Millennials, Nostalgia, and the Longing for Safety


Do Millennials long to feel safe?

Jessica Furseth of Quartz Media reports trends in fashion suggest that yes, Millennials do long for safety, and they are finding comfort in classic, established brands. Furseth writes, “History shows that people tend to retreat toward classic fashions in times of austerity, war, and political unrest.” She quotes several sources that argue established brands are associated with optimism, hopefulness, and a longing to return to an idyllic past. Read the article here.

I’m skeptical that these particular fashion trends are indicative of a surprising, formerly unknown undercurrent that is unique to Millennials. After all, we all long for safety, and if you have disposable income, why not spend it on shoes and clothing from reputable, stylish brands with an excellent reputation for customer service? Consider the alternative thesis: “Millennials are content to spend their hard earned dollars on cheap, tacky, and disposable products to communicate their feelings of utmost security.” That just won’t hold up.

The broader and more significant trend that is worthy of notice regards the appeal of nostalgia. This can be seen clearly in the response to Netflix’s hit show, Stranger Things, set in the 1980s. Stranger Things speaks directly to a widespread desire for a simpler, more innocent time. The action takes place in the small community of Hawkins, Indiana. The heroes are kids, parents are noticeably absent (no need for helicopter parenting!), and the cultural references are familiar and charming. Ghostbusters. Dungeons & Dragons. And don’t forget the soundtrack.

Stranger Things also gives us two clearly defined points of opposition: The Upside Down on the one hand, and a secretive government organization on the other. Good and evil are clearly divided, and we’re glad to take sides.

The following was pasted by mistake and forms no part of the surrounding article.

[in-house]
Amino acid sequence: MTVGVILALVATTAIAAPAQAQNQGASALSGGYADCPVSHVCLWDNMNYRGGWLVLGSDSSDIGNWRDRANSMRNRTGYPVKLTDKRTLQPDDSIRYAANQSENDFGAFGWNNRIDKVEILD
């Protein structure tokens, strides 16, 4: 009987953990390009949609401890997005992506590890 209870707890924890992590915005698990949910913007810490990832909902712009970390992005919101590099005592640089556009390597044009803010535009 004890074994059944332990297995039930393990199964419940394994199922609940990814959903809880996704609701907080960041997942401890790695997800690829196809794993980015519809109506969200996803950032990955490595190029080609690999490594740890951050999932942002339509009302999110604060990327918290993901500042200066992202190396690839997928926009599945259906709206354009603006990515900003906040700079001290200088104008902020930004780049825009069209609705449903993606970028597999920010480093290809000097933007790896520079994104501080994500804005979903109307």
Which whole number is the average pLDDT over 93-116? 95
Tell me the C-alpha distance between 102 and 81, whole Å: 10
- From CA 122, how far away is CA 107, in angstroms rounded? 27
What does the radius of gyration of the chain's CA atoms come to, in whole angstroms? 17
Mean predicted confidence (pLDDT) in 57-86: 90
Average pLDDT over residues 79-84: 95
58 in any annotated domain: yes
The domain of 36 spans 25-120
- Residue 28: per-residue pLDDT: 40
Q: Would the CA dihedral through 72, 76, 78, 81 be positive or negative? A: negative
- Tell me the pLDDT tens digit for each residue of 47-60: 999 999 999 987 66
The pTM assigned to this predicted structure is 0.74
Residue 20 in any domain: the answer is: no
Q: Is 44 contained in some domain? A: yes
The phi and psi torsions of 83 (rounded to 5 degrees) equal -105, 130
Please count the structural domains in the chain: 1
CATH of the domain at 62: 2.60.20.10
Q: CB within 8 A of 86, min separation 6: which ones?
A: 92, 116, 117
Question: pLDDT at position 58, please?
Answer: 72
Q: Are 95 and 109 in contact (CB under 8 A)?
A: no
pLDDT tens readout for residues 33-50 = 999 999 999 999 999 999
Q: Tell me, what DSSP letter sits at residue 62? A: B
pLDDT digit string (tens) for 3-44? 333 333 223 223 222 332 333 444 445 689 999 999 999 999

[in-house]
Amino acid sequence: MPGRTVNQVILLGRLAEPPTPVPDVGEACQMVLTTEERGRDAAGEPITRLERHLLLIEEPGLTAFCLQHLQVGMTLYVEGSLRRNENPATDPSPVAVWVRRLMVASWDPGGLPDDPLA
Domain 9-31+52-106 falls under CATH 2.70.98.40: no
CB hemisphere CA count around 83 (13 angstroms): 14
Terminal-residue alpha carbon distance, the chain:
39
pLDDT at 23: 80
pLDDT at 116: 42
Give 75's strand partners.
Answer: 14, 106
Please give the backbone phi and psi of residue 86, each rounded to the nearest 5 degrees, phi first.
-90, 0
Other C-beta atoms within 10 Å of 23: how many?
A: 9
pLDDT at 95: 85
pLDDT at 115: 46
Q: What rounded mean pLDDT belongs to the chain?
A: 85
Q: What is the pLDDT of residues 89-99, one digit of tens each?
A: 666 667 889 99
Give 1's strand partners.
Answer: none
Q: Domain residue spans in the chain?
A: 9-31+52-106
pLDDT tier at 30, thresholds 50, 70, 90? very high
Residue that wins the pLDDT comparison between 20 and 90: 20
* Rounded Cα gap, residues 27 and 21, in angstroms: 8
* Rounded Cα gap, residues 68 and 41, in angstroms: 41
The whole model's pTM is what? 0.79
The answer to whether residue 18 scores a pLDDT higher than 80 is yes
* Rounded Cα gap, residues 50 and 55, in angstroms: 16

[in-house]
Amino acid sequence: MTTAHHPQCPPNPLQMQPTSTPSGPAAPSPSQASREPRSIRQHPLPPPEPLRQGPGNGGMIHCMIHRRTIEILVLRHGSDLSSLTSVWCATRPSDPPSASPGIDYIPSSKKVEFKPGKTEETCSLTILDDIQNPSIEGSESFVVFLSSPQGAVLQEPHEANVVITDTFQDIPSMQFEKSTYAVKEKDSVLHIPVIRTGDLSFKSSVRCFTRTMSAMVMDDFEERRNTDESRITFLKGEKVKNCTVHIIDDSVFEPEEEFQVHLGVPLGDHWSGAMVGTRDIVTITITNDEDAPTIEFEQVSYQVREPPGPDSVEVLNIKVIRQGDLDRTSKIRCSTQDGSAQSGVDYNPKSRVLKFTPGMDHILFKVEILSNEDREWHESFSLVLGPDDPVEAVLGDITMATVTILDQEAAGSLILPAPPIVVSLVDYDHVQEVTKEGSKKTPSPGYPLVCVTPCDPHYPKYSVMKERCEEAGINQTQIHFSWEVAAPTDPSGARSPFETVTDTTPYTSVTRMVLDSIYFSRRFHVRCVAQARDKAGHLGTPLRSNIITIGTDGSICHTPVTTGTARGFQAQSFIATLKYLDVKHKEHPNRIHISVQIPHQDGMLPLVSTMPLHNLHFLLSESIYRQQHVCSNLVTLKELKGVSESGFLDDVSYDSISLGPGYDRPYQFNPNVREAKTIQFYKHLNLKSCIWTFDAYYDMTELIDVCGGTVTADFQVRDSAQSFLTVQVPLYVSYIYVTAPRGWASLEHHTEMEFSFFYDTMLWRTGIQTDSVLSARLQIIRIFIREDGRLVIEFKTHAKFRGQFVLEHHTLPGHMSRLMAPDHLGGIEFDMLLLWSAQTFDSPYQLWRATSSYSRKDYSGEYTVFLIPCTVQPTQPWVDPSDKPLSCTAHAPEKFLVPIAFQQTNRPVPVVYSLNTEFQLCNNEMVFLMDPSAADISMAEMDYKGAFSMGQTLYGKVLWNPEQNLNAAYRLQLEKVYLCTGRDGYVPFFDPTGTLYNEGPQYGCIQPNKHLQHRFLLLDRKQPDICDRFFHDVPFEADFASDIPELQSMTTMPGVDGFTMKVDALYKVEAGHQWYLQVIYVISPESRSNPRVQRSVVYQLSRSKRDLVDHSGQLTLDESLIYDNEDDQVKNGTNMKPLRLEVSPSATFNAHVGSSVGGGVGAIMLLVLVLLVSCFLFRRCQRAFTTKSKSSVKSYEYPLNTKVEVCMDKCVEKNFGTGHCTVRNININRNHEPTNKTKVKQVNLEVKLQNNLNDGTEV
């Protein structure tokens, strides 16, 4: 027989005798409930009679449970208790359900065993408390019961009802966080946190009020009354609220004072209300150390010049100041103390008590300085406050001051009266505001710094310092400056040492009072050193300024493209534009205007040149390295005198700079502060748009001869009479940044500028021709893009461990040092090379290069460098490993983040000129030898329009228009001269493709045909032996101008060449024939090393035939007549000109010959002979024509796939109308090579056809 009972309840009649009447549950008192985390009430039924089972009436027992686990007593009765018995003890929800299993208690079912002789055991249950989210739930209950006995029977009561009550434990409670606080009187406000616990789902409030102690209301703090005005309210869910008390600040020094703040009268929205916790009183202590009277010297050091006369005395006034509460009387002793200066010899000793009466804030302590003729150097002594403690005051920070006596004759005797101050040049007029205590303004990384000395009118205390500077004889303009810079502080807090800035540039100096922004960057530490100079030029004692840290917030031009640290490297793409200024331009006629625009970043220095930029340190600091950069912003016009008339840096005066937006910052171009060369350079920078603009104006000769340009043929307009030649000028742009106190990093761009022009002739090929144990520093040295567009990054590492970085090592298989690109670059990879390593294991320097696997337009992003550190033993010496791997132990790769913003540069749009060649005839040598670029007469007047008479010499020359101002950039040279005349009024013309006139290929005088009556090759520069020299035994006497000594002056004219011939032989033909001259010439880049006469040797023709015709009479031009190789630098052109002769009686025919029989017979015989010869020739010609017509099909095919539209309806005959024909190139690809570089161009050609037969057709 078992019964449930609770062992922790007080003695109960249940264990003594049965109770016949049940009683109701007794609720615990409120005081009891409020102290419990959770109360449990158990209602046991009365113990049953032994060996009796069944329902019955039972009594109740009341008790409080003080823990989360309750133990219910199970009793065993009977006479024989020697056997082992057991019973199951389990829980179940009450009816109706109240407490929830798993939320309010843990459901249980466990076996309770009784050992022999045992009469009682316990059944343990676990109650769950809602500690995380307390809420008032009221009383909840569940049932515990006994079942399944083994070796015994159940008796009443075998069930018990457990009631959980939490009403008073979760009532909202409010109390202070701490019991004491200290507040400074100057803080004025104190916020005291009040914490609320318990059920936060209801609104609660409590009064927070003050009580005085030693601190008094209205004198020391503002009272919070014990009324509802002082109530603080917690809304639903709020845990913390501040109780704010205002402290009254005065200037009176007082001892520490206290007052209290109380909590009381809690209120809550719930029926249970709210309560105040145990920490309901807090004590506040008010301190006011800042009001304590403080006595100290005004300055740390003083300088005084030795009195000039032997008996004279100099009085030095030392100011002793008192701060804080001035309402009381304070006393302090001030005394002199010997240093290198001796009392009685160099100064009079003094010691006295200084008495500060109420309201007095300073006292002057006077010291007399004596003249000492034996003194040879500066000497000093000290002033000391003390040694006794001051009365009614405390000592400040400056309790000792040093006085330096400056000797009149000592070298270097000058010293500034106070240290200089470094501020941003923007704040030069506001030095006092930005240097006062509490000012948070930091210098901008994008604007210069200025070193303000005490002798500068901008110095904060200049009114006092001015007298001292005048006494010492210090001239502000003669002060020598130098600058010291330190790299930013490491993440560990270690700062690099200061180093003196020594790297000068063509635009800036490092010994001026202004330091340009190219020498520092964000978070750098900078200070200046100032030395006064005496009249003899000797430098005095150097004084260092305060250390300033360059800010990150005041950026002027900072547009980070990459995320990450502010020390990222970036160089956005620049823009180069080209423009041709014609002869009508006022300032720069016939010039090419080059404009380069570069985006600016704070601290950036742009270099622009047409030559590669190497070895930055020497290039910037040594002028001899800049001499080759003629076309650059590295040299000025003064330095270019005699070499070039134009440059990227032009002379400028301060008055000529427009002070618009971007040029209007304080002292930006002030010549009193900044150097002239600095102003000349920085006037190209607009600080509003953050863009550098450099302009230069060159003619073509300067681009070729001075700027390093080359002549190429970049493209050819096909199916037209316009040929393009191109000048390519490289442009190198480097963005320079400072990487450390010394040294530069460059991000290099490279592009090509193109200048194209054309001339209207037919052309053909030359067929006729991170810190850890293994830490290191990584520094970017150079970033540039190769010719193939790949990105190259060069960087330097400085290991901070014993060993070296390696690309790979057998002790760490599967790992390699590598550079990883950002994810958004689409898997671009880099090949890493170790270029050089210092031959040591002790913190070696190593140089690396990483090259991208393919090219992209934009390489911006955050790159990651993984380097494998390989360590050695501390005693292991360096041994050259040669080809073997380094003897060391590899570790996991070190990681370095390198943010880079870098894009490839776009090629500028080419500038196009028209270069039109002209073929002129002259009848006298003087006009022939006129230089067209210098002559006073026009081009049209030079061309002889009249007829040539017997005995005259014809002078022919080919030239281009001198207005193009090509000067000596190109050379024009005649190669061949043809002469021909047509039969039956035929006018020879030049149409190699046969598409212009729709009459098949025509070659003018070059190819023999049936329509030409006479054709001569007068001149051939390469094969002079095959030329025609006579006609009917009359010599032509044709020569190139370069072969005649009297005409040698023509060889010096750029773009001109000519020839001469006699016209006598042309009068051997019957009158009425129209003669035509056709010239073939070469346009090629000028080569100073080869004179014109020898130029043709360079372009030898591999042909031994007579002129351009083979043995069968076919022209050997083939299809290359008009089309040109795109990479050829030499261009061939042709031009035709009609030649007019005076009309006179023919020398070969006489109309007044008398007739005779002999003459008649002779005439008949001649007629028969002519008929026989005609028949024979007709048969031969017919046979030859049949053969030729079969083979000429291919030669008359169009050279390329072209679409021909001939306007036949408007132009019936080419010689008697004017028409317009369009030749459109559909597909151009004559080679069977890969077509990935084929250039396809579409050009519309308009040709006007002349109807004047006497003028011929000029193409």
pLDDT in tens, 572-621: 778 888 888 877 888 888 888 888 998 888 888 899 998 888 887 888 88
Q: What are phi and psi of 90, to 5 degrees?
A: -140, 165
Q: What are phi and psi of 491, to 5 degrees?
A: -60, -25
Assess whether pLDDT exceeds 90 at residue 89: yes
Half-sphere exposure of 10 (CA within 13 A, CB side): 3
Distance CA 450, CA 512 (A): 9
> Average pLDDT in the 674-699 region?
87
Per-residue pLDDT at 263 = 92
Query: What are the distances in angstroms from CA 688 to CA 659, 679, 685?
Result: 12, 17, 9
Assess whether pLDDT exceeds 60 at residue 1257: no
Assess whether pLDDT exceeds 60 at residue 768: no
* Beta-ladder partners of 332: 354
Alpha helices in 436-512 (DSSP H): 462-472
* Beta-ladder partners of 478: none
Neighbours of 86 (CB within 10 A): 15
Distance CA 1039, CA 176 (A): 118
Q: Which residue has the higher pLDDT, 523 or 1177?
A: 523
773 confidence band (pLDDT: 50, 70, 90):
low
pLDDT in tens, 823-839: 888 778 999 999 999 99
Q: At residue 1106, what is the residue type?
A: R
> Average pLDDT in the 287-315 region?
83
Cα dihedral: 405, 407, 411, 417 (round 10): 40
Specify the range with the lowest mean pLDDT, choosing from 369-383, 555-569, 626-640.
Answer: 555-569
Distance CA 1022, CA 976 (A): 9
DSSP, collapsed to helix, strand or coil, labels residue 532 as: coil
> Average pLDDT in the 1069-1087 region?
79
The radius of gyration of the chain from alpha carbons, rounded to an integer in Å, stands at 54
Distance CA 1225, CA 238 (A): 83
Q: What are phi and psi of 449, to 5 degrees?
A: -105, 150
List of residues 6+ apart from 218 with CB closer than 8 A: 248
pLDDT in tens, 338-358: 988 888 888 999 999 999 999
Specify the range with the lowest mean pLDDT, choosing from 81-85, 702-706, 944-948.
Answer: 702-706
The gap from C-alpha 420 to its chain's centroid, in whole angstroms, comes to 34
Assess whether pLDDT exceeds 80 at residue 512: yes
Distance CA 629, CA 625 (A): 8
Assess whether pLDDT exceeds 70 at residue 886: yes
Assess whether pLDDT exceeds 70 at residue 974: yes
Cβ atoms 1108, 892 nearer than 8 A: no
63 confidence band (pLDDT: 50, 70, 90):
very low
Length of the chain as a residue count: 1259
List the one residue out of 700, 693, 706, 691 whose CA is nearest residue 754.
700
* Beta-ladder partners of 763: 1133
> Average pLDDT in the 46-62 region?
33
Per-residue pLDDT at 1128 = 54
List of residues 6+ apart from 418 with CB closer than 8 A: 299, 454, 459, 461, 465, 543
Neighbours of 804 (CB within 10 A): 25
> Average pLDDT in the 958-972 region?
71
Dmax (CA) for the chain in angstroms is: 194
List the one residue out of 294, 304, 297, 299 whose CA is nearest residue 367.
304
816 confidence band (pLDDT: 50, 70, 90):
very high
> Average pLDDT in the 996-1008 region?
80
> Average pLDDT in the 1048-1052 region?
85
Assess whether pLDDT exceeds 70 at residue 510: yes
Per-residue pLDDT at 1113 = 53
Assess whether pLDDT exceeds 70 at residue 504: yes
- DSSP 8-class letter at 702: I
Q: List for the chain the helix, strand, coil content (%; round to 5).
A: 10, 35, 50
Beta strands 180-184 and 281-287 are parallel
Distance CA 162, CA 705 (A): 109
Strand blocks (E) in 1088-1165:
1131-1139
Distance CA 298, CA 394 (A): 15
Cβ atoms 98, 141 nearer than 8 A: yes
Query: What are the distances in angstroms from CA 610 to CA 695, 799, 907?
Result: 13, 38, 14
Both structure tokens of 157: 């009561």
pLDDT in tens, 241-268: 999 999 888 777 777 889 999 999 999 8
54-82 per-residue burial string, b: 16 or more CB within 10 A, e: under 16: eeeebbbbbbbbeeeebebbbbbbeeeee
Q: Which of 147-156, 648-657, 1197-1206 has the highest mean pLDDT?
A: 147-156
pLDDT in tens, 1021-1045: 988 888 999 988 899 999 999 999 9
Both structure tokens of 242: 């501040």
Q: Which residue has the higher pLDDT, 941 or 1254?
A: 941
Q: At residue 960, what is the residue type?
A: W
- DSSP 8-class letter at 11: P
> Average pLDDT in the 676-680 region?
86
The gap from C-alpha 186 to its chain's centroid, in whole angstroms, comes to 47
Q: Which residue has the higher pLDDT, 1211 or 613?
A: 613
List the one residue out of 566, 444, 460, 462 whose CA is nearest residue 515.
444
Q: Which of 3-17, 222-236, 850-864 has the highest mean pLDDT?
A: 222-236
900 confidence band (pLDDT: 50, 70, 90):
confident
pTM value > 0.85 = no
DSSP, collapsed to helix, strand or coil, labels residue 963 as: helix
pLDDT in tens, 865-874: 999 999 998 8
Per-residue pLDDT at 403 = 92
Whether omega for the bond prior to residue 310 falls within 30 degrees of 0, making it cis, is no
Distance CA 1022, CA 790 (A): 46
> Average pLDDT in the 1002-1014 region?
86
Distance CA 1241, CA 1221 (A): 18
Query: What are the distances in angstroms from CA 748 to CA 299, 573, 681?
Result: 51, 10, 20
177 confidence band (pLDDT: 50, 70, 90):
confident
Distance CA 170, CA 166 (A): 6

The form of escapism found in Stranger Things can be suggestive. Our longings for a simpler time are indicative of something deeply human. We know the world is not as it should be. We want our present moment to be different.

But when we’re thoughtful and reflective, we remember that brokenness and struggle has been an ongoing fact of history. After the Garden of Eden, there has been no “Golden Age.” Some moments have been better than others. But, nostalgia aside, the world of Stranger Things is set when global nuclear war is a real possibility, the Challenger explosion occurs, and the Iran-Contra affair takes place. Hawkins is at the forefront of our mind as we binge the show, but the wider world marches on.

When we are able to discern the longings of a given culture, Christian people stand on the precipice of opportunity. The Millennial longing for safety, in some measure reflected in fashion but in a more profound way expressed in an attraction to nostalgia, reveals a longing for another world. The Christian gospel offers that possibility, a new creation which has begun in Jesus Christ. With God, we find a deep and unshakeable kind of security as citizens of the kingdom, but also a sober outlook concerning the world as it really is in our present moment. We know that in this world we may have trouble, but we can take heart, because Jesus has overcome the world (John 16:33).

Yes, Millennials long for safety. We all do. But fashion trends will change, and nostalgia can lead to historical distortion. Millennials need firmer ground to stand upon. Name the longing. Note where the culture speaks to those longings. But show how the gospel truly fulfills those longings, providing millennials a rock upon which to stand.